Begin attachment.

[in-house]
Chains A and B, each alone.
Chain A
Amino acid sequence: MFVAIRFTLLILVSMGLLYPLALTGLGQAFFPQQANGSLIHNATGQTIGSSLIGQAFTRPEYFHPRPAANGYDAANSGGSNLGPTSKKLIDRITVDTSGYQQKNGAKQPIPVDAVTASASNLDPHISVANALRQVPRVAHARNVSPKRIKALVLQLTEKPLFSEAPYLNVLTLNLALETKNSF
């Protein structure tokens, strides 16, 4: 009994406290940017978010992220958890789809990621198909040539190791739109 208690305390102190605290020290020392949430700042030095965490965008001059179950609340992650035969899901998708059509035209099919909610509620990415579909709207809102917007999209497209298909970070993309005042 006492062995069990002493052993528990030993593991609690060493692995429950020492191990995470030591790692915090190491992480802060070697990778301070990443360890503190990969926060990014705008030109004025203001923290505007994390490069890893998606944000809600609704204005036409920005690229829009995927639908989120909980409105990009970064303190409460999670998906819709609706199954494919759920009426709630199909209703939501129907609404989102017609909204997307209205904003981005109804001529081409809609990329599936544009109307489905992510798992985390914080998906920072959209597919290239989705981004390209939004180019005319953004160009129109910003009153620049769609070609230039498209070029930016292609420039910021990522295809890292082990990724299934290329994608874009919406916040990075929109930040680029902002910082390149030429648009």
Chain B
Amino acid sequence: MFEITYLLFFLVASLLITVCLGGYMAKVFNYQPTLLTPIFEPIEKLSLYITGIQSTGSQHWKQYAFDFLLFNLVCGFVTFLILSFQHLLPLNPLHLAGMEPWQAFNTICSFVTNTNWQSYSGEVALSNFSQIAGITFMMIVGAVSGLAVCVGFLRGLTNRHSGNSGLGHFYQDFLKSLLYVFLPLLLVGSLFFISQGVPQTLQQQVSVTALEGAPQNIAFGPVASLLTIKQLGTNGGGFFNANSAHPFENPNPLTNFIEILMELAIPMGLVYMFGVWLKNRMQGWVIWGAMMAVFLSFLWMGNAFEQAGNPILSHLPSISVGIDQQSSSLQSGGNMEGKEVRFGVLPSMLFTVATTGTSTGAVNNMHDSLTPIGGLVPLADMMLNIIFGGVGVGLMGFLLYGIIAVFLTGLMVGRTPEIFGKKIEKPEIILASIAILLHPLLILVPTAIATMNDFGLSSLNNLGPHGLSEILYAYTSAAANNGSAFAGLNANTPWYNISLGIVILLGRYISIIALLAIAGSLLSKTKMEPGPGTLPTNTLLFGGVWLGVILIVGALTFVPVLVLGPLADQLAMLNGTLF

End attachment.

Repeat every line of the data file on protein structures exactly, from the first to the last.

[in-house]
Chains A and B, each alone.
Chain A
Amino acid sequence: MFVAIRFTLLILVSMGLLYPLALTGLGQAFFPQQANGSLIHNATGQTIGSSLIGQAFTRPEYFHPRPAANGYDAANSGGSNLGPTSKKLIDRITVDTSGYQQKNGAKQPIPVDAVTASASNLDPHISVANALRQVPRVAHARNVSPKRIKALVLQLTEKPLFSEAPYLNVLTLNLALETKNSF
């Protein structure tokens, strides 16, 4: 009994406290940017978010992220958890789809990621198909040539190791739109 208690305390102190605290020290020392949430700042030095965490965008001059179950609340992650035969899901998708059509035209099919909610509620990415579909709207809102917007999209497209298909970070993309005042 006492062995069990002493052993528990030993593991609690060493692995429950020492191990995470030591790692915090190491992480802060070697990778301070990443360890503190990969926060990014705008030109004025203001923290505007994390490069890893998606944000809600609704204005036409920005690229829009995927639908989120909980409105990009970064303190409460999670998906819709609706199954494919759920009426709630199909209703939501129907609404989102017609909204997307209205904003981005109804001529081409809609990329599936544009109307489905992510798992985390914080998906920072959209597919290239989705981004390209939004180019005319953004160009129109910003009153620049769609070609230039498209070029930016292609420039910021990522295809890292082990990724299934290329994608874009919406916040990075929109930040680029902002910082390149030429648009």
Chain B
Amino acid sequence: MFEITYLLFFLVASLLITVCLGGYMAKVFNYQPTLLTPIFEPIEKLSLYITGIQSTGSQHWKQYAFDFLLFNLVCGFVTFLILSFQHLLPLNPLHLAGMEPWQAFNTICSFVTNTNWQSYSGEVALSNFSQIAGITFMMIVGAVSGLAVCVGFLRGLTNRHSGNSGLGHFYQDFLKSLLYVFLPLLLVGSLFFISQGVPQTLQQQVSVTALEGAPQNIAFGPVASLLTIKQLGTNGGGFFNANSAHPFENPNPLTNFIEILMELAIPMGLVYMFGVWLKNRMQGWVIWGAMMAVFLSFLWMGNAFEQAGNPILSHLPSISVGIDQQSSSLQSGGNMEGKEVRFGVLPSMLFTVATTGTSTGAVNNMHDSLTPIGGLVPLADMMLNIIFGGVGVGLMGFLLYGIIAVFLTGLMVGRTPEIFGKKIEKPEIILASIAILLHPLLILVPTAIATMNDFGLSSLNNLGPHGLSEILYAYTSAAANNGSAFAGLNANTPWYNISLGIVILLGRYISIIALLAIAGSLLSKTKMEPGPGTLPTNTLLFGGVWLGVILIVGALTFVPVLVLGPLADQLAMLNGTLF